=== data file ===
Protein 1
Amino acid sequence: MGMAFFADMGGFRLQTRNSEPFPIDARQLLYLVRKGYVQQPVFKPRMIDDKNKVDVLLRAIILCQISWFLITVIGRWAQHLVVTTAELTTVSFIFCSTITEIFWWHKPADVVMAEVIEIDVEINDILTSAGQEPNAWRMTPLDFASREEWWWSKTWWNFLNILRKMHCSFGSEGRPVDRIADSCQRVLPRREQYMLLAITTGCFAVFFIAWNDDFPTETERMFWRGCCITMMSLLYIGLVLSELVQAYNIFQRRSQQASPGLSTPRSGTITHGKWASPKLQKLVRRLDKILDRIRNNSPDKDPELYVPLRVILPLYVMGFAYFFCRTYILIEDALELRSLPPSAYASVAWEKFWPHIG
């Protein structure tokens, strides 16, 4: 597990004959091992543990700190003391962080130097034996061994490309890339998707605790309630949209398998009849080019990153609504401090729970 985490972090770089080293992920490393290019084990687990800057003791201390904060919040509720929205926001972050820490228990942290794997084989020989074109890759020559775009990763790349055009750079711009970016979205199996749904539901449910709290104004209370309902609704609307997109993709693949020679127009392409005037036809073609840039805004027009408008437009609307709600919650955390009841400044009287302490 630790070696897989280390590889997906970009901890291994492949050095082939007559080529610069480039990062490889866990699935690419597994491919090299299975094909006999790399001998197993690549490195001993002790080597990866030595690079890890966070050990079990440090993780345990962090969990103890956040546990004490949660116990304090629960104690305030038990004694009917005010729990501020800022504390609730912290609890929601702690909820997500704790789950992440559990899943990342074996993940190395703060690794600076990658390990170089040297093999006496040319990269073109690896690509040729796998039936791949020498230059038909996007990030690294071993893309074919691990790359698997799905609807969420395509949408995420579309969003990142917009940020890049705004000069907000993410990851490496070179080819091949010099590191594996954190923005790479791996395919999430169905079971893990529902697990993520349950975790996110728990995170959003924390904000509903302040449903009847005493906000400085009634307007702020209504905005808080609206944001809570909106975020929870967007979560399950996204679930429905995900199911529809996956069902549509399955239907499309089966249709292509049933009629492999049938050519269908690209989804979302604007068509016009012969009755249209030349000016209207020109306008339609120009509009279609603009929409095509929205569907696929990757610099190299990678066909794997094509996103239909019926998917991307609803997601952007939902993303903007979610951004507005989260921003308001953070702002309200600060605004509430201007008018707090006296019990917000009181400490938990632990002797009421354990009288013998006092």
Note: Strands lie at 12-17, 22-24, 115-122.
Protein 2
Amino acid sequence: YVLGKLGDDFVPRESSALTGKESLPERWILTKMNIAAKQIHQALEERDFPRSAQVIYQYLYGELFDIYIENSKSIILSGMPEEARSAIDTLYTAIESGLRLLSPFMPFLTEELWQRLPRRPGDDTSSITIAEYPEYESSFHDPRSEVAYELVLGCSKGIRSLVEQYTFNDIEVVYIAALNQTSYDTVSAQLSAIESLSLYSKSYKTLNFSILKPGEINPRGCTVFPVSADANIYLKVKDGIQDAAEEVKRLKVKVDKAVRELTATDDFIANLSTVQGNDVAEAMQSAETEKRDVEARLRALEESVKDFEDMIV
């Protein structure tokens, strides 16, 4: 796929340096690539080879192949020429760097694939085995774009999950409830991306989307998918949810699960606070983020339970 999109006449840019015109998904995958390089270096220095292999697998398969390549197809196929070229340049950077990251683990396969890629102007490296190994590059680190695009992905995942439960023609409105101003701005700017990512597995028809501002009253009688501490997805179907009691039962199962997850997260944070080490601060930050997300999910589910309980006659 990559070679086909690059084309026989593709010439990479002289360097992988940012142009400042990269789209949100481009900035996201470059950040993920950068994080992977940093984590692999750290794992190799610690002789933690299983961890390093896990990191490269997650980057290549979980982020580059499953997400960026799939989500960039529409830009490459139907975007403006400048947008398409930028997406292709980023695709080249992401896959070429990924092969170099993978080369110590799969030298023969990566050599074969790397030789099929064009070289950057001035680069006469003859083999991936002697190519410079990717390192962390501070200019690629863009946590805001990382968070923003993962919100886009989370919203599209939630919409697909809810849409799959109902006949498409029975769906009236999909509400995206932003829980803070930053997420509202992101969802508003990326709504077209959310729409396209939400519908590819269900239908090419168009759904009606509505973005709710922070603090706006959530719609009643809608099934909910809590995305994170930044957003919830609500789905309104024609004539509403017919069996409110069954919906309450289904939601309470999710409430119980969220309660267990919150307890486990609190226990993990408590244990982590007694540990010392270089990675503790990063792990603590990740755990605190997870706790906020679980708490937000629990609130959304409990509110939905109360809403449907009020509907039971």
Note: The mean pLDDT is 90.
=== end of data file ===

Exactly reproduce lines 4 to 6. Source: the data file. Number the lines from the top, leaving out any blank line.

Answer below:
Note: Strands lie at 12-17, 22-24, 115-122.
Protein 2
Amino acid sequence: YVLGKLGDDFVPRESSALTGKESLPERWILTKMNIAAKQIHQALEERDFPRSAQVIYQYLYGELFDIYIENSKSIILSGMPEEARSAIDTLYTAIESGLRLLSPFMPFLTEELWQRLPRRPGDDTSSITIAEYPEYESSFHDPRSEVAYELVLGCSKGIRSLVEQYTFNDIEVVYIAALNQTSYDTVSAQLSAIESLSLYSKSYKTLNFSILKPGEINPRGCTVFPVSADANIYLKVKDGIQDAAEEVKRLKVKVDKAVRELTATDDFIANLSTVQGNDVAEAMQSAETEKRDVEARLRALEESVKDFEDMIV